I recently ran across a really great quote on Pinterest. Here it is:
Until God opens the next door, praise Him in the hallway.
Isn't that a good one?
We often talk about how God is the way- maker and the door-opener. And of course, He is. But sometimes, life puts us in the hallway, in a period of waiting for the next door to open. So what do we do then?
According to this quote, we should praise God in our times of waiting. But, really, isn't that hard?
Usually, when we're waiting on God, it is for something we really feel we need or want. Sometimes what we're waiting on would bring excitement; other times, it would bring peace or healing in a desperate situation. No matter what we're waiting on, waiting is hard. The hallway is a hard place to be.
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But according to God's word, we are to praise Him at all times, not just when He opens doors. Ephesians 5:19-20 says, "Be filled with the Holy Spirit, singing psalms and hymns and spiritual songs among yourselves, and making music to the Lord in your hearts. And give thanks for everything to God the Father in the name of our Lord Jesus Christ" (NLT).
So what can we praise God for if we are waiting on Him to answer our prayers? I agree, sometimes it's hard to feel like praising God when our prayers are so heavy on our hearts. But the Bible gives us some ideas.
1. God is the same. Always. "Jesus Christ is the same yesterday and today and forever" (Heb. 13:8, NIV). If God is the same, then He constantly maintains His character at all times. What I mean is, if He is good when the door opens, He is also good while we're in the hallway, waiting. If God is loving when He answers our prayers, He is loving when we're on our knees, praying.
There are so many praiseworthy attributes to God's character. Here's a short, but definitely not exhaustive list. God is: holy, love, righteous, merciful, forgiving, generous, gracious, powerful, creative, mighty, awe-inspiring, wise, all-knowing. He is our peace, our savior, our redeemer, our friend and our Father. I love the new Christ Tomlin song that asks the question: "Is He worthy?" It then answers the question with a resounding, "He is!"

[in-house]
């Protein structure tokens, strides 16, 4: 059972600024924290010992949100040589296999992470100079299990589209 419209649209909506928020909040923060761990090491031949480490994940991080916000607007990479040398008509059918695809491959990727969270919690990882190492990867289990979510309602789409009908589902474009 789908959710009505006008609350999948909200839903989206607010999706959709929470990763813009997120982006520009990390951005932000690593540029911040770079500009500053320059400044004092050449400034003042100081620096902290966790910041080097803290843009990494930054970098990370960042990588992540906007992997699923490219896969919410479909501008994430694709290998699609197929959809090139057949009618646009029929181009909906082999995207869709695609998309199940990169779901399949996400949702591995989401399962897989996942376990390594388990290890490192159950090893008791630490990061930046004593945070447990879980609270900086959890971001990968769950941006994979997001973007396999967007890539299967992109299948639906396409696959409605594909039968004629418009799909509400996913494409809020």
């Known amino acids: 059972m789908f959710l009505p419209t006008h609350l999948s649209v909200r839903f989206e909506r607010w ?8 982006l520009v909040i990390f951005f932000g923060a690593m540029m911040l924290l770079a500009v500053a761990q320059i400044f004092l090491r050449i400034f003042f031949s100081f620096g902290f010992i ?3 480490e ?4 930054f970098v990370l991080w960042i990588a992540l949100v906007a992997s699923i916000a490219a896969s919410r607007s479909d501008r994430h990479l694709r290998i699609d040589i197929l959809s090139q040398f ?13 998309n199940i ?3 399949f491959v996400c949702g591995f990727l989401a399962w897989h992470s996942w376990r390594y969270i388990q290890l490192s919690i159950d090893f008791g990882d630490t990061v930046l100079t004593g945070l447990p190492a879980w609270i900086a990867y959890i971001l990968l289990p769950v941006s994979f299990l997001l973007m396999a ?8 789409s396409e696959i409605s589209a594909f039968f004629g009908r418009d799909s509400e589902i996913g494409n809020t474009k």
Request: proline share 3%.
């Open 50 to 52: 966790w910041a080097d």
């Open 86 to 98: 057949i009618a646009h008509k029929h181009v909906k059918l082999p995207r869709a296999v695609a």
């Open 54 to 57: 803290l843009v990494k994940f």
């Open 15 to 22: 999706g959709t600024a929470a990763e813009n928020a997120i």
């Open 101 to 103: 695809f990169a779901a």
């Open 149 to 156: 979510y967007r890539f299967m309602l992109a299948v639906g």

2. Focus on our Blessings, not our list of needs. We have a great example in Jesus. Jesus knew that His ultimate mission on earth was to die a horrible death on a cross. He knew He would be shut out of God's presence for a time. He knew His closest friends would desert Him. So why did He do it? Hebrews 12:2b tells us, "For the joy set before Him, He endured the cross, scorning its shame, and sat down at the right hand of the throne of God" (NIV).
This same chunk of scripture tells us we should "fix our eyes on Jesus, the pioneer and perfecter of faith" (v.2a) Jesus suffered so much, but He kept His eyes on the joy before Him. When we fix our eyes on Jesus, we can see Him and the joy He brings.
Even when we find ourselves in the hallways of life, we still have much to praise God for. With our eyes on Jesus, we can see His goodness and praise Him. We can experience His presence and rejoice. We can look around and see His hand, even in the waiting, and we can be at peace.
When we do those things, our eyes are open to see the blessings around us. Because our God is good, all the time, there is always something to praise Him for. Even while we're waiting for our next door to open.
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Do you ever feel like this? Like there is continuous push and pull, give and take, between getting housework done and spending time actually being with your children? I feel it every day.
I think it is one of the great struggles of women. Women feel a need to be successful in their own right, whether that means working outside the home or inside the home. If you're a stay-at-home mom like me, we feel success by accomplishing our to-do list. You know, organizing that hall closet finally, or mopping the floors. (Both things I need to do right now, btw.)
But also, moms want to feel success as a mom. We want to see our children thriving, not just surviving. We want them to feel loved and appreciated for who they are. And that means they need attention.
So, moms, how do we do it all? Even though I'm no expert, I think I found a way to work it out:
1. Prioritize your to-do list.
2. Let everything else go.
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Prioritze You To-Do List
Some things just have to get done. We all need supper and clean clothes. But during busy times, like harvest for my family, I have to move some of the "extra" stuff off of my list. For example, when I'm busy, I don't really need to organize my kids' clothes and rotate too small stuff out and put the right size stuff in. I should save that for the summer. Another area I've learned to scale back is cooking. I love cooking and trying new recipes. I enjoy lots of steps and exciting ingredients if I think it will make a yummy meal. Well, harvest time is not a good time to try new, complicated recipes. I just don't have the time.
If you want to spend more time with your kids, move it to the top of your list. I heard a family therapist recommend scheduling play time with your kids. She said to devote 15 minutes for playing and only playing. After 15 minutes, your kid's love tank is full and then you can go back to being productive. Sometimes, that kind of one-on-one attention is just what our kids need to keep them happy. And if they're happy, they are less likely to bug you while you're trying to accomplish more on your to-do list.